A Radical Proposal to Give Parents Control of Schools California Proposition Would Be Biggest Test Yet of How Much Authority Parents Should Have over Budgets and Curricula. Series: Election for a New Century -1998
Paul Van Slambrouck, writer of The Christian Science Monitor, The Christian Science Monitor
Across the political spectrum, parental involvement in schools is seen as a good thing.
But California, in keeping with its trend-setting reputation, is considering a role for parents in local schools that makes even the state's PTA blanch. Contained in a ballot initiative that goes before voters Tuesday, the measure would put parents in control of a large slice of school budgets and curricula.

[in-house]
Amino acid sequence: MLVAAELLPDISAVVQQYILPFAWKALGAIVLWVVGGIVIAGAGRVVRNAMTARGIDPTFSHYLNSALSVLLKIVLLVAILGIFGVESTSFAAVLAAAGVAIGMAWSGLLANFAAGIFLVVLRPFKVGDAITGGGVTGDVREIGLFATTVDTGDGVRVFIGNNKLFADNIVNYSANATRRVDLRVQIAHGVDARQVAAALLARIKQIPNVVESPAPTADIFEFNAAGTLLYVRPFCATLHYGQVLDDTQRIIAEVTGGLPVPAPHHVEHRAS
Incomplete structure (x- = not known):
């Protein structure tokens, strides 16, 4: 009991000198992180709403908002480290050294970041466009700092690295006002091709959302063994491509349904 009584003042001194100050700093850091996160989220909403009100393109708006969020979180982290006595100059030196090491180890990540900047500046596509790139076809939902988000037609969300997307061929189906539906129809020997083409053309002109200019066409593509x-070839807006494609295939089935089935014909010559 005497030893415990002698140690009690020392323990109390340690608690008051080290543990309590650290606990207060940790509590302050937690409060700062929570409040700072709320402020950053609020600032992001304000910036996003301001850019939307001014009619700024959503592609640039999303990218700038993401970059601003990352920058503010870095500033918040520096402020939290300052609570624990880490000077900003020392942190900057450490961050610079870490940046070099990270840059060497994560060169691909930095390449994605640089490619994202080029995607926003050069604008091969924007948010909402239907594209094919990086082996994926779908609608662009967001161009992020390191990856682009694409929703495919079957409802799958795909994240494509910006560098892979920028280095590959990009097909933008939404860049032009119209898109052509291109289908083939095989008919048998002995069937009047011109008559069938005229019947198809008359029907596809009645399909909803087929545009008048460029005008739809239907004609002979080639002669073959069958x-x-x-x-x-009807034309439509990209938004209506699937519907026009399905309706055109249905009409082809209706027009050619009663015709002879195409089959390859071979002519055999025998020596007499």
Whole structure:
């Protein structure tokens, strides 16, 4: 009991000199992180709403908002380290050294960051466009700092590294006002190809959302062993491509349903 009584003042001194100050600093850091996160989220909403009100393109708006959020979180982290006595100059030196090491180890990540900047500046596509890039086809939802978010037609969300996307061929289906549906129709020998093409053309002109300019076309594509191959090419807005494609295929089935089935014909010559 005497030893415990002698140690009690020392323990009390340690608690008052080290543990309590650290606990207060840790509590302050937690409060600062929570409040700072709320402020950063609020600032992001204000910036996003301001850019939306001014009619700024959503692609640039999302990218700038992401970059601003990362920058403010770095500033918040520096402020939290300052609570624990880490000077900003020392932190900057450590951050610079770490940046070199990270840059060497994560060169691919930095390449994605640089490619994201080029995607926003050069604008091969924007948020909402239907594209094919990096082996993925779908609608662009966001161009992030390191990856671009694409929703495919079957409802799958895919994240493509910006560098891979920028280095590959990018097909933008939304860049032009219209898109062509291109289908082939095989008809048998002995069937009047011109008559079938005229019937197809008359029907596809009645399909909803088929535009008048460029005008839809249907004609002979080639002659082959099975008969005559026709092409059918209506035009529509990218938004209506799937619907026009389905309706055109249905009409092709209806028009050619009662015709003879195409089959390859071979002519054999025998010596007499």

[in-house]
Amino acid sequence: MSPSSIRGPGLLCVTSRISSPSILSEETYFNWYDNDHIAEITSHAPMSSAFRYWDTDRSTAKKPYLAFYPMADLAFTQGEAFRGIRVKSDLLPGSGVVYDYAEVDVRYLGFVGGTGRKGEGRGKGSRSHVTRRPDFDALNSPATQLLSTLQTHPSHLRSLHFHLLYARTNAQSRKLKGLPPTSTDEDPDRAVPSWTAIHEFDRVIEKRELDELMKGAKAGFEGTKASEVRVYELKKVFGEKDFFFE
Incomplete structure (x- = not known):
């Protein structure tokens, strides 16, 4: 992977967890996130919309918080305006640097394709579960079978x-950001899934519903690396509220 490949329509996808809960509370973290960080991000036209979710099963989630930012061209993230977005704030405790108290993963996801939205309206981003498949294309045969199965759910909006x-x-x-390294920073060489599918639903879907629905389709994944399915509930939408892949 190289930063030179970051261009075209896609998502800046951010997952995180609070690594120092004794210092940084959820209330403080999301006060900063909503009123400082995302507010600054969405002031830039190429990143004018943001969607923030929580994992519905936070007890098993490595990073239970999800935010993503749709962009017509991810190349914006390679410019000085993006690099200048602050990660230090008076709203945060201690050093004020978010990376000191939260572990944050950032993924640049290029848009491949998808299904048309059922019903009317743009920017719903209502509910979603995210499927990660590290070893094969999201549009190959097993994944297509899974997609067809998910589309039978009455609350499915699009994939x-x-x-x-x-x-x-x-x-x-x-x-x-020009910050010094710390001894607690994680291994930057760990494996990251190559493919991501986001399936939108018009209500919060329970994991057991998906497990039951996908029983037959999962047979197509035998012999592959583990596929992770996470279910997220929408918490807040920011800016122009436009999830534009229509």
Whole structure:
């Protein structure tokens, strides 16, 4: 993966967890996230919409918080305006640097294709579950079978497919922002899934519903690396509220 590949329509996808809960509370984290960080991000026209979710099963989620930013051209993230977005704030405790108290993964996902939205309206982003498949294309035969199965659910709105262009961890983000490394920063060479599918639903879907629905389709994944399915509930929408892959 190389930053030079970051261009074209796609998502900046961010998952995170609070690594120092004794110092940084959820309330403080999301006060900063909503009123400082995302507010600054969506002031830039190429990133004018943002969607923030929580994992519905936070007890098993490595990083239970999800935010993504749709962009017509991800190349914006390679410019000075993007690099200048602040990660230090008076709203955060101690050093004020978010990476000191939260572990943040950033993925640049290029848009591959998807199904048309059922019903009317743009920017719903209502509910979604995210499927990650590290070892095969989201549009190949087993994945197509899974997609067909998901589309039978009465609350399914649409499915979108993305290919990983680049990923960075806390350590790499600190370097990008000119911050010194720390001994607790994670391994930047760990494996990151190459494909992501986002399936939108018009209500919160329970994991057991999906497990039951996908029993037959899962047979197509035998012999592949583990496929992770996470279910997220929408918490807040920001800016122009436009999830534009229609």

For supporters it's the logical extension of a nationwide movement of the 1990s to involve parents more in education, a practice that has declined in recent decades, particularly in the inner cities. For critics, it's a good idea taken to a frightening extreme, with no proof of its effectiveness. For all sides, it's a radical step that, if approved, would again make this state a bellwether on social policy, particularly in the field of education, as it was in 1996 when it ended race-based preferences in public education and earlier this year when voters terminated bilingual education. THOUGH this measure lacks the racial components that made those earlier initiatives so attention-grabbing, it too is sweeping and revolutionary. "This would be an unprecedented step into the great unknown," says Bruce Fuller, co-director of the Policy Analysis for California Education, a research group funded by Stanford University and the University of California, Berkeley. The measure to give parents new clout is contained in a ballot initiative that includes a number of fundamental changes in how the nation's largest public school system would be run. Crafted and supported by Republican Gov. Pete Wilson, the initiative would do things he was unable to push through the state's Democratic legislature. The initiative (called Proposition 8), comes wrapped in a feel- good banner of making permanent cuts in class size that even critics find hard to oppose. For two years, California has been offering money to school districts that reduce class size, and this initiative would establish a permanent fund to continue that shrinkage in Grades K through 3. But other key provisions of the initiative are vigorously opposed by the state teachers union, the state PTA, and others. Those provisions include establishing a new state inspector general for education, who would rank and evaluate all the public schools; giving principals the authority to fire teachers; requiring subject-matter competency tests for teachers; and forcing local schools to establish governing councils that would be two-thirds parents, one-third teachers. …